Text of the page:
Most of my FitBloggin' friends have been posting wonderful recaps of last week's conference in Denver, and I love reading them as well as seeing all the great photos. (If you're unfamiliar with FitBloggin' you can find out more about it HERE. Over the past six years, it morphed from a healthy living blogger conference into a social media lovefest with around 175 of your closest friends.)
I posted lotsa stuff on Facebook, Instagram and Twitter, including this picture of some of my fellow Enell ambassadors showing off our Raspberry Zest sports bras.
But I'm doing something different. I'm going to toss out a little tough love (something we talked about at FitBloggin' 14) and toss out a call to action.
Three hundred and sixty-something days.
That's how long we have to make a real difference in our weight-loss/fitness/health goals before FitBloggin' 16.
I was watching the Today show yesterday morning and Penn and Teller were on, doing their magic schtick. Before the end of the segment, Penn Gillette talked very briefly about his 100-pound weight loss that he accomplished in the past year.
I thought to myself "Shoot, I don't have to lose 100 pounds -- maybe half of that. Why don't I do that this year?"
No, I never expected Penn Gillette to be my weight-loss inspiration, but there ya go.
I've been taking a different approach to eating this year -- finding out what foods work for me or against me, which foods make me feel great and which ones make me feel gross. I've become largely dairy, wheat, peanut and sugar free, and my gut has never felt better. (I say largely because I don't have any serious intolerances or allergies to those foods -- I just feel better with less of them.)
After I got back from Denver, I met with my dietitian to go over the results of a really detailed blood test I took back in last May. Instead of the garden-variety blood test that checks the stuff your doctor wants to know (cholesterol, thyroid function, etc.), this test checks your blood for antioxidants, vitamins, minerals, essential fatty acids, amino acids and even things like mitochondrial function and toxic exposure.
To my surprise (because I eat healthy and pound down supplements LIKE A BOSS), I discovered I was low in B vitamins and REALLY low in vitamin D. What am I full of? Vitamin C, zinc and plastic residue. But I'm heavy metal free! (It pays to be paranoid about tuna.) So I'm fixing the deficiencies with some vitamin D drops, better vitamins and more, more, MORE plants.
With these results in hand, I really feel like I know what I should be eating more of. What should I be eating less of? To keep things simple, basically things that are not plants.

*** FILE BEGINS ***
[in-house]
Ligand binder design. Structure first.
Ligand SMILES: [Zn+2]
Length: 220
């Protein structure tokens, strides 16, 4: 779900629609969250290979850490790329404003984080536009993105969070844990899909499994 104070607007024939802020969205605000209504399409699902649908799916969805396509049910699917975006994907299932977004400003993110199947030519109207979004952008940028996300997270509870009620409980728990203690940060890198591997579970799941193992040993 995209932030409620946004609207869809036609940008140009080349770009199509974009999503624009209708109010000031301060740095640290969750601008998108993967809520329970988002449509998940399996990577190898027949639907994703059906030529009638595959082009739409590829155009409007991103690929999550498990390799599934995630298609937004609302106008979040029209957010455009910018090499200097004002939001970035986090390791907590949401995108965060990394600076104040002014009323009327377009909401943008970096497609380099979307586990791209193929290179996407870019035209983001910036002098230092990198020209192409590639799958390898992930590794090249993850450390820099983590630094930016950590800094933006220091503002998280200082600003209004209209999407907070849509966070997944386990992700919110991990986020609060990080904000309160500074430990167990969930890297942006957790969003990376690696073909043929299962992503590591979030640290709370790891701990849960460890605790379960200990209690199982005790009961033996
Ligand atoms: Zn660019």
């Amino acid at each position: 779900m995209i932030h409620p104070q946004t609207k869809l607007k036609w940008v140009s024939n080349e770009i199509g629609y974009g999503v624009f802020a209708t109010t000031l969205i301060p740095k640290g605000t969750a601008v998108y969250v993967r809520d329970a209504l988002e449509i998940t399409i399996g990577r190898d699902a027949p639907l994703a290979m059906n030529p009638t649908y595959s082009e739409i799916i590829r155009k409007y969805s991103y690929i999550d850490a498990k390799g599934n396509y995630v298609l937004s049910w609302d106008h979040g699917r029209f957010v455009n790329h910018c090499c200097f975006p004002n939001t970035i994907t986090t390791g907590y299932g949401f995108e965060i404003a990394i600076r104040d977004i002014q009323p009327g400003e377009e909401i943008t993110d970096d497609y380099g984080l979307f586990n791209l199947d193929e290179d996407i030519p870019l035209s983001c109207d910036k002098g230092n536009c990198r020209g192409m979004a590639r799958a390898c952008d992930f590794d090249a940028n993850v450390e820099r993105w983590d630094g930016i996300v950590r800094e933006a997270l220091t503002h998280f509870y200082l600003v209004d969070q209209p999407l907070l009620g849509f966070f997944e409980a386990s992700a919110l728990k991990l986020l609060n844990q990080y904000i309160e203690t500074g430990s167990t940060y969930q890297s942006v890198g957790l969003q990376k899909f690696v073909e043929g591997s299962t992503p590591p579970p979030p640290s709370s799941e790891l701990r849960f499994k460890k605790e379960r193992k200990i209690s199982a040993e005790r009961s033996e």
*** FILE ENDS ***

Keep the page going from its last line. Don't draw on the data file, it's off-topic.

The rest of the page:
So, getting back to the call to action: I, you, we ALL have plenty of time to either get to a happy weight or make great strides to get closer to one.
How will I personally accomplish this? I will make it my JOB to get to my happy weight, whatever that may be. Right now I weigh approximately the same as Miami Marlins slugger Giancarlo Stanton. But he's 6-foot-6 and I'm 5-foot-5. What I'm getting at is while 240 pounds is perfectly fine for a jacked home-run producer, it's too much for a middle-aged mom.
While I was flying to and from Denver, I decided to finally start reading State of Slim, which I bought last year, before I was willing to really make the tough choices and really clean up my eating. Now that I discovered that I won't wither and die from just setting aside some foods for a certain period of time, I feel ready to embrace the book. In a nutshell, State of Slim looks at why Coloradoans are so darned fit and healthy. It's written by weight-loss experts Dr. James Hill and Dr. Holly Wyatt, who are associated with the Anschutz Center for Health and Wellness at the University of Colorado (which we passed many times in the car while we were in Denver; I made sure to genuflect in their direction). They studied thousands of people who have successfully lost weight and kept it off, and the book outlines what people need to do to repair their metabolisms that have been "broken" from years of dieting.
So, that's what I'm doing. Nothing faddish, no miracles.
OK, here comes the tough love.
Like I have said COUNTLESS times, I've been at this since age 10. While at FitBloggin' this year, I saw a lot of people getting emotional over weight and body image issues. I don't get emotional about weight any more, probably because I had that talked out of me from a few years of therapy. Instead I still get frustrated and, frankly, amused at how difficult losing weight can be.
Let's stop crying about it and do something about it.
I'm pretty sure by now we know what to do. Let's apply all that knowledge and GET THERE.